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The New York Review of Books

The New York Review of Books December 3, 2020

For over 50 years, The New York Review of Books has been the place where the world's leading authors, scientists, educators, artists, and political leaders turn when they wish to engage in a spirited debate on literature, politics, art, and ideas with a small but influential audience that welcomes the challenge. Each issue addresses some of the most passionate political and cultural controversies of the day, and reviews the most engrossing new books and the ideas that illuminate them. Get The New York Review of Books digital magazine subscription today.

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United States
20 Issues

in this issue

3 min.

COLIN B. BAILEY is Director of the Morgan Library and Museum. His books include Patriotic Taste: Collecting Modern Art in Pre-Revolutionary Paris, which was awarded the 2004 Mitchell Prize, and Renoir, Impressionism, and Full-Length Painting. MARIANNE BORUCH’s most recent book of poems is The Anti-Grief. Her forthcoming collection, Bestiary Dark, was completed through her research as a 2019 Fulbright Scholar in Australia. DAVID COLE is the National Legal Director of the ACLU and the Honorable George J. Mitchell Professor in Law and Public Policy at the Georgetown University Law Center. His latest book is Engines of Liberty: How Citizen Movements Succeed. ARIEL DORFMAN, a Distinguished Emeritus Professor of Literature at Duke, is the author of the play Death and the Maiden. His books include, most recently, the children’s story The Rabbits’ Rebellion and…

21 min.
democracy’s afterlife

It is an infallible law that if Seamus Hea ney is the Irish poet of choice, things are looking up, but if W. B. Yeats is in the air, they look ominous. Joe Biden at the National Democratic Convention in August created great expectations with Heaney’s “once in a lifetime/ … longed-for tidal wave/Of justice.” But there is no blue tsunami. Instead, we must turn, fretfully, to Yeats: “We are closed in, and the key is turned/On our uncertainty.” That key was always in the hands of Donald Trump. It has been obvious for many months that his strategy for retaining power would center on the generation of a force field of radical indecision. As Barton Gellman put it in The Atlantic, “He could prevent the formation of consensus about…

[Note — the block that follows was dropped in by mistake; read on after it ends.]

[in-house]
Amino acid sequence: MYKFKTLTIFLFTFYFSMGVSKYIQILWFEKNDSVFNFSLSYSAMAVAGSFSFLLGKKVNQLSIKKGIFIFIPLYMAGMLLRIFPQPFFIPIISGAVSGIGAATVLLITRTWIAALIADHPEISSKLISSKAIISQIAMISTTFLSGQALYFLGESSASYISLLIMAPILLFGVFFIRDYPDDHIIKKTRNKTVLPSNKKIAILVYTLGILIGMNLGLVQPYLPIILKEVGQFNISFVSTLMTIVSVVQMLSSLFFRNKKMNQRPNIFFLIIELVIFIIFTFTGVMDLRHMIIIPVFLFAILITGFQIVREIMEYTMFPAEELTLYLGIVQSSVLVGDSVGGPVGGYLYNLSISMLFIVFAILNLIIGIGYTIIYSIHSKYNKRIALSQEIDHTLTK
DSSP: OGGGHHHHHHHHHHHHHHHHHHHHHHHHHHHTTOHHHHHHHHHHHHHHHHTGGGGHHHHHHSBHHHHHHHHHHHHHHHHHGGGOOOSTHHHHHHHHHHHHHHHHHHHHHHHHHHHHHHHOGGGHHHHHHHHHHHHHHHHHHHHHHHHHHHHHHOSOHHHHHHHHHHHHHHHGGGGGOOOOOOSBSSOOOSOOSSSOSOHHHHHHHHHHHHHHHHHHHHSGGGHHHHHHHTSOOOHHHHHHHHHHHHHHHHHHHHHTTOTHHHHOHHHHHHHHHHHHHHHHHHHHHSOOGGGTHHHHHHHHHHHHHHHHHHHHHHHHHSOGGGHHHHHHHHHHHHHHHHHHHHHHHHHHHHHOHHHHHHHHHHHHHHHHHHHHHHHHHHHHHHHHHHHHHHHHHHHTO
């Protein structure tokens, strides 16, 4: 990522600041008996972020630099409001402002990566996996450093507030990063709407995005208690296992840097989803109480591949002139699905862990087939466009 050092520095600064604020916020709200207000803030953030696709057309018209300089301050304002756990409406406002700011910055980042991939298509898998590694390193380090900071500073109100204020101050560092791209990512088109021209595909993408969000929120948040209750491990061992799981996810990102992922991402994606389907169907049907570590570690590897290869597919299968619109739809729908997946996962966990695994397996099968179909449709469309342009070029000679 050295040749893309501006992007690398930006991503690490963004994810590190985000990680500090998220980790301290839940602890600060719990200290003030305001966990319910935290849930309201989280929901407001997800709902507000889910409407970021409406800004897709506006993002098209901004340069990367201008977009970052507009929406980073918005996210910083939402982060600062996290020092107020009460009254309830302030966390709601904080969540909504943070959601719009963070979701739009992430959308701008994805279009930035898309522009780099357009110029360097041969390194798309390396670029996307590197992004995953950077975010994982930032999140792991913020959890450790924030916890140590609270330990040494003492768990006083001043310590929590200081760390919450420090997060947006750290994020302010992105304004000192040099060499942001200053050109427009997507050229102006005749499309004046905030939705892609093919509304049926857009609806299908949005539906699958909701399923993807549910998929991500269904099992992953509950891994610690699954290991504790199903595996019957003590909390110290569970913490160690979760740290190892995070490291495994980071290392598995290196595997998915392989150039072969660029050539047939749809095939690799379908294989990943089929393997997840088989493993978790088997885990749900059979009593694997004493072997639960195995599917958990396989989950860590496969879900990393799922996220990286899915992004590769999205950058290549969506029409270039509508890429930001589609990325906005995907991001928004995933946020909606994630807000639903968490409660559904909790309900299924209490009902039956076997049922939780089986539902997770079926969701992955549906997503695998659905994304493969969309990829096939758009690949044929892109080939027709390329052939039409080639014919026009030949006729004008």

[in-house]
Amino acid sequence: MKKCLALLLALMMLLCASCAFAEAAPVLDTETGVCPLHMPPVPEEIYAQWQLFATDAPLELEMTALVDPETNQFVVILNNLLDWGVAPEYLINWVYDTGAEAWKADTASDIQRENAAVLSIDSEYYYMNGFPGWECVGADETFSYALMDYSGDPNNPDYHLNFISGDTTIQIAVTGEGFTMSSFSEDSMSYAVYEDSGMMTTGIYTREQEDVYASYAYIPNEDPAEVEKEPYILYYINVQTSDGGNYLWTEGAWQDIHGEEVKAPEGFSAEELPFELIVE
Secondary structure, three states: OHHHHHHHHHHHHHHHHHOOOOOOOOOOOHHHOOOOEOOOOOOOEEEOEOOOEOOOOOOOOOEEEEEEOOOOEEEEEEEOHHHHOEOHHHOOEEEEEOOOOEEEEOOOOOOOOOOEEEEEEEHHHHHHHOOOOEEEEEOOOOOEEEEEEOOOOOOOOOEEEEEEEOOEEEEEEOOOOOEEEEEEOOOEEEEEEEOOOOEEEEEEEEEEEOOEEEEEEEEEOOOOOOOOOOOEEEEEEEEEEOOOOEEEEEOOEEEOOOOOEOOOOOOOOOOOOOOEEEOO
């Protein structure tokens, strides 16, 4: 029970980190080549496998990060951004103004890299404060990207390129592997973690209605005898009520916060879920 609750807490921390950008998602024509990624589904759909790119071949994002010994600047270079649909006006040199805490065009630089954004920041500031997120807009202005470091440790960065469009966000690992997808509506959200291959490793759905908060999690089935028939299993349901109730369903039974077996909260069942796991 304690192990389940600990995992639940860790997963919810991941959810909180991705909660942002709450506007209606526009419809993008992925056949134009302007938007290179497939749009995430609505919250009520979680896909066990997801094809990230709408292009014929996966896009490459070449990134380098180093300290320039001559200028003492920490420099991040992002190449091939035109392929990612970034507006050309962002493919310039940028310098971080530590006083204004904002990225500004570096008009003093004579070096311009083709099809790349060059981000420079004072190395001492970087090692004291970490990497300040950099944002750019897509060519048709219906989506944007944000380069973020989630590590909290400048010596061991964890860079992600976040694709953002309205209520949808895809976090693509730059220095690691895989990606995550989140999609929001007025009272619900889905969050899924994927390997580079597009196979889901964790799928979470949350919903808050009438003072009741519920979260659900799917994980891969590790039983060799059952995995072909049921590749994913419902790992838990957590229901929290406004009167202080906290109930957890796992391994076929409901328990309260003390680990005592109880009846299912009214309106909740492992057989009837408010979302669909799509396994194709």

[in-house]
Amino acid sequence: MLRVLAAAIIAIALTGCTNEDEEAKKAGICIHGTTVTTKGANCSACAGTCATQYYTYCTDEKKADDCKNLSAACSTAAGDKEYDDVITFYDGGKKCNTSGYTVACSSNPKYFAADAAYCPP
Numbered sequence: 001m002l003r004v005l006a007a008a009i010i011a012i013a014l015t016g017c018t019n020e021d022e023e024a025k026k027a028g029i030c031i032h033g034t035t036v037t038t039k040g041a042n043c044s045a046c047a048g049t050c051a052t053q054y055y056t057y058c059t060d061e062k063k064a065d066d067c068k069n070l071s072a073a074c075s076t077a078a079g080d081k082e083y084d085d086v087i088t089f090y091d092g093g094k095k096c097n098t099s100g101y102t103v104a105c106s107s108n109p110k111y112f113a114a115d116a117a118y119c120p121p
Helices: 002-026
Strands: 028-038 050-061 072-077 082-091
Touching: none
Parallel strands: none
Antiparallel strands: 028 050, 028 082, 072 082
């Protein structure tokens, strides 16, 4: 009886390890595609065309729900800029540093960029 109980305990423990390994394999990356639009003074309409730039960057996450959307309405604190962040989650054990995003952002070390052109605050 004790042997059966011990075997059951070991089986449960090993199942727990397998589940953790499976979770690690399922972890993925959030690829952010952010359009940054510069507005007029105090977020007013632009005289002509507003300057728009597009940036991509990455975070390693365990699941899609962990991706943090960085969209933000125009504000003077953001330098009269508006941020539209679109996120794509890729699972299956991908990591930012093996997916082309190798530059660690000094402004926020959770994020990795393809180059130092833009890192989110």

18 min.
‘something resembling normal life’

Friend: A Novel from North Korea by Paek Nam-nyong, translated from the Korean by Immanuel Kim. Columbia University Press, 224 pp., $60.00; $20.00 (paper) “Whenever I go to North Korea,” Immanuel Kim told an interviewer in 2017, “I see people reading.” In the metro, in elevators, in buses and restaurants. But what were they reading, in a state unrivaled in the harshness of its censorship? As a graduate student at the University of California at Riverside studying Korean literature, Kim—who is now a professor at George Washington University specializing in North Korean culture—had become curious about North Korean fiction, which was usually dismissed as mind-numbing propaganda. There was a basis for this stereotype, it turned out, but after eight months of diligent reading, Kim began to find work that he genuinely…

22 min.
suffering, unfaltering manet

Manet and Modern Beauty: The Artist’s Last Years an exhibition at the Art Institute of Chicago, May 26–September 8, 2019; and the J. Paul Getty Museum, Los Angeles, October 8, 2019–January 12, 2020. Catalog of the exhibition edited by Scott Allan, Emily A. Beeny, and Gloria Groom. Getty Publications, 384 pp., $65.00 During a visit to the eighty-five-yearold Claude Monet in the summer of 1926, Florence Gimpel, the wife of the Parisian art dealer Rene Gimpel, asked her host if he had known Edouard Manet. “Yes, he was a great friend, a great friend,” was the response. Monet told Gimpel that on April 29, 1883, he had received a telegram from Manet’s brother Gustave informing him that the painter was dying: I saw him two days before his death. He had phlebitis…

15 min.
criminalizing a constitutional right

National discussions of abortion—of any services that might end a pregnancy, make contraception available, or provide other means of regulating one’s capacity to bear children—usually focus on the Supreme Court. But for many Americans, Roe v. Wade might as well have been overturned already. Whether RBG or ACB, five conservative justices or six, many American women live in counties without clinics, or cannot afford to pay for an abortion, or do not know how to slip under the limbo bars to get one. Many Americans cannot access basic medical care no matter what decisions they make, but state-level legislation makes abortion in particular nearly impossible to procure in much of the country. Almost four hundred state-level restrictions were proposed in the first half of 2019 alone. This week in Louisiana,…

14 min.
the sense of an ending

The Silence by Don De Lillo. Scribner, 117 pp., $22.00 The Silence is full of voices, a work of talky minimalism whose characters are all troubled by the absence of sound. Five of them, three men and two women: a string quintet, and with the youngest, a high school physics teacher, as a decidedly insistent cello. Noise, chatter, the smother of static, the wearing hum in one’s head: you might think you’d welcome its stopping, and enjoy the grace of an unsought calm. You might think these characters especially would welcome it, New Yorkers all—two long-married middle-class couples, and then Martin, the younger man, a former student of one of the women. But this is Don De Lillo, for whom white noise is both comfort and scourge. It deadens our senses…